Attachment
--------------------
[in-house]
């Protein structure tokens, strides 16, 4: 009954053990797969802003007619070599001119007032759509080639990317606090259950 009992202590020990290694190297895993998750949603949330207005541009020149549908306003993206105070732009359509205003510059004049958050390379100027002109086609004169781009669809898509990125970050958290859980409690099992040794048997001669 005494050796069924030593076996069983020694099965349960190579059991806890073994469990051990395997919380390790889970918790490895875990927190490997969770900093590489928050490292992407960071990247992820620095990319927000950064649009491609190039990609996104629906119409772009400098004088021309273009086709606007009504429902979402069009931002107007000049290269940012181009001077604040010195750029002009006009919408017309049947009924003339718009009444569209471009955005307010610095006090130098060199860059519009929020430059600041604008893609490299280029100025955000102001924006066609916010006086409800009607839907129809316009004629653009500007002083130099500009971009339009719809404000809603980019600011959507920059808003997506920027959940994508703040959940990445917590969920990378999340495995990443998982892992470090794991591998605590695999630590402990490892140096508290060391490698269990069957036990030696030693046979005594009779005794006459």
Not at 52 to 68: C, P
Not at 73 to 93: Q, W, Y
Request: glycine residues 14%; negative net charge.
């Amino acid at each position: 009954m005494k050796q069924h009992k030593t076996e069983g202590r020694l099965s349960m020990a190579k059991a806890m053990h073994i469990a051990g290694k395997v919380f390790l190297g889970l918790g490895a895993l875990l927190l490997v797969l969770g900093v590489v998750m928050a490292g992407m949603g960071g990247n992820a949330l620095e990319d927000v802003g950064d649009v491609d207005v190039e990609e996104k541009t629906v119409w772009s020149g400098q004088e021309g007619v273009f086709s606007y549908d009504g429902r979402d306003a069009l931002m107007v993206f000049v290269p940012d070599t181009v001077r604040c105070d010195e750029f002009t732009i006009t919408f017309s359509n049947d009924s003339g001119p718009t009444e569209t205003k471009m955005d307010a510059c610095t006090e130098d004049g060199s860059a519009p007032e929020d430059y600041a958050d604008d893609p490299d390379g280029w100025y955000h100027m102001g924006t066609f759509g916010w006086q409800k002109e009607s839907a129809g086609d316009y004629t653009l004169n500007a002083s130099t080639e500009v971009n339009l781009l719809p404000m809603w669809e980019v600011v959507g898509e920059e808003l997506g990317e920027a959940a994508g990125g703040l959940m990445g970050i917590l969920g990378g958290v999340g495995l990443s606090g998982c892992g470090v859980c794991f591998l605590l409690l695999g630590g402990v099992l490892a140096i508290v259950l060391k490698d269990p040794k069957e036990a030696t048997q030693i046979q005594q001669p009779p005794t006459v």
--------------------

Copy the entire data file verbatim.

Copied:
[in-house]
């Protein structure tokens, strides 16, 4: 009954053990797969802003007619070599001119007032759509080639990317606090259950 009992202590020990290694190297895993998750949603949330207005541009020149549908306003993206105070732009359509205003510059004049958050390379100027002109086609004169781009669809898509990125970050958290859980409690099992040794048997001669 005494050796069924030593076996069983020694099965349960190579059991806890073994469990051990395997919380390790889970918790490895875990927190490997969770900093590489928050490292992407960071990247992820620095990319927000950064649009491609190039990609996104629906119409772009400098004088021309273009086709606007009504429902979402069009931002107007000049290269940012181009001077604040010195750029002009006009919408017309049947009924003339718009009444569209471009955005307010610095006090130098060199860059519009929020430059600041604008893609490299280029100025955000102001924006066609916010006086409800009607839907129809316009004629653009500007002083130099500009971009339009719809404000809603980019600011959507920059808003997506920027959940994508703040959940990445917590969920990378999340495995990443998982892992470090794991591998605590695999630590402990490892140096508290060391490698269990069957036990030696030693046979005594009779005794006459």
Not at 52 to 68: C, P
Not at 73 to 93: Q, W, Y
Request: glycine residues 14%; negative net charge.
């Amino acid at each position: 009954m005494k050796q069924h009992k030593t076996e069983g202590r020694l099965s349960m020990a190579k059991a806890m053990h073994i469990a051990g290694k395997v919380f390790l190297g889970l918790g490895a895993l875990l927190l490997v797969l969770g900093v590489v998750m928050a490292g992407m949603g960071g990247n992820a949330l620095e990319d927000v802003g950064d649009v491609d207005v190039e990609e996104k541009t629906v119409w772009s020149g400098q004088e021309g007619v273009f086709s606007y549908d009504g429902r979402d306003a069009l931002m107007v993206f000049v290269p940012d070599t181009v001077r604040c105070d010195e750029f002009t732009i006009t919408f017309s359509n049947d009924s003339g001119p718009t009444e569209t205003k471009m955005d307010a510059c610095t006090e130098d004049g060199s860059a519009p007032e929020d430059y600041a958050d604008d893609p490299d390379g280029w100025y955000h100027m102001g924006t066609f759509g916010w006086q409800k002109e009607s839907a129809g086609d316009y004629t653009l004169n500007a002083s130099t080639e500009v971009n339009l781009l719809p404000m809603w669809e980019v600011v959507g898509e920059e808003l997506g990317e920027a959940a994508g990125g703040l959940m990445g970050i917590l969920g990378g958290v999340g495995l990443s606090g998982c892992g470090v859980c794991f591998l605590l409690l695999g630590g402990v099992l490892a140096i508290v259950l060391k490698d269990p040794k069957e036990a030696t048997q030693i046979q005594q001669p009779p005794t006459v």